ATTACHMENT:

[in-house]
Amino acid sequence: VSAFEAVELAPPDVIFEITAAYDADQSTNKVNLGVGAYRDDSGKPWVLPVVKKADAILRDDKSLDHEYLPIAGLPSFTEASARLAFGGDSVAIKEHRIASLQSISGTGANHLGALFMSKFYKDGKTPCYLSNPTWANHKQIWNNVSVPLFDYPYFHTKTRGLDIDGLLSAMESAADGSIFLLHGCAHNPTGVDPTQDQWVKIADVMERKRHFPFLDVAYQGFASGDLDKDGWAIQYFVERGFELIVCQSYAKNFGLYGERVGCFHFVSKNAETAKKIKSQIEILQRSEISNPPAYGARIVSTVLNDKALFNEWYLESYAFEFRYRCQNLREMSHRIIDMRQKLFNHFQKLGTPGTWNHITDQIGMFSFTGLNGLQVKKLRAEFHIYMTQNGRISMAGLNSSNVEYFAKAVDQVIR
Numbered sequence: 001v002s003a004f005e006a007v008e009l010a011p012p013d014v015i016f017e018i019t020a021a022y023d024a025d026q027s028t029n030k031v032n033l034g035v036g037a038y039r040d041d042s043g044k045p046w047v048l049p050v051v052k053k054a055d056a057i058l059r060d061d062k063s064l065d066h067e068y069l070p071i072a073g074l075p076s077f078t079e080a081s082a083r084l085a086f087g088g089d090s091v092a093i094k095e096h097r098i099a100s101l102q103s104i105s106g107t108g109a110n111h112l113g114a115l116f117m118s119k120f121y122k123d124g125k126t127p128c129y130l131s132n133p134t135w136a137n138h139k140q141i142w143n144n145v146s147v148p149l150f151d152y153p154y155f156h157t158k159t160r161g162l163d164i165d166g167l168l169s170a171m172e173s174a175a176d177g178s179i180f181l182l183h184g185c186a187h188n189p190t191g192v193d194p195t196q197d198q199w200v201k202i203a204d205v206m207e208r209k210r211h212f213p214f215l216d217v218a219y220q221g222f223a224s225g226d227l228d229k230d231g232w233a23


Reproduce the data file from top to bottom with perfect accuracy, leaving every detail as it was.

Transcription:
[in-house]
Amino acid sequence: VSAFEAVELAPPDVIFEITAAYDADQSTNKVNLGVGAYRDDSGKPWVLPVVKKADAILRDDKSLDHEYLPIAGLPSFTEASARLAFGGDSVAIKEHRIASLQSISGTGANHLGALFMSKFYKDGKTPCYLSNPTWANHKQIWNNVSVPLFDYPYFHTKTRGLDIDGLLSAMESAADGSIFLLHGCAHNPTGVDPTQDQWVKIADVMERKRHFPFLDVAYQGFASGDLDKDGWAIQYFVERGFELIVCQSYAKNFGLYGERVGCFHFVSKNAETAKKIKSQIEILQRSEISNPPAYGARIVSTVLNDKALFNEWYLESYAFEFRYRCQNLREMSHRIIDMRQKLFNHFQKLGTPGTWNHITDQIGMFSFTGLNGLQVKKLRAEFHIYMTQNGRISMAGLNSSNVEYFAKAVDQVIR
Numbered sequence: 001v002s003a004f005e006a007v008e009l010a011p012p013d014v015i016f017e018i019t020a021a022y023d024a025d026q027s028t029n030k031v032n033l034g035v036g037a038y039r040d041d042s043g044k045p046w047v048l049p050v051v052k053k054a055d056a057i058l059r060d061d062k063s064l065d066h067e068y069l070p071i072a073g074l075p076s077f078t079e080a081s082a083r084l085a086f087g088g089d090s091v092a093i094k095e096h097r098i099a100s101l102q103s104i105s106g107t108g109a110n111h112l113g114a115l116f117m118s119k120f121y122k123d124g125k126t127p128c129y130l131s132n133p134t135w136a137n138h139k140q141i142w143n144n145v146s147v148p149l150f151d152y153p154y155f156h157t158k159t160r161g162l163d164i165d166g167l168l169s170a171m172e173s174a175a176d177g178s179i180f181l182l183h184g185c186a187h188n189p190t191g192v193d194p195t196q197d198q199w200v201k202i203a204d205v206m207e208r209k210r211h212f213p214f215l216d217v218a219y220q221g222f223a224s225g226d227l228d229k230d231g232w233a23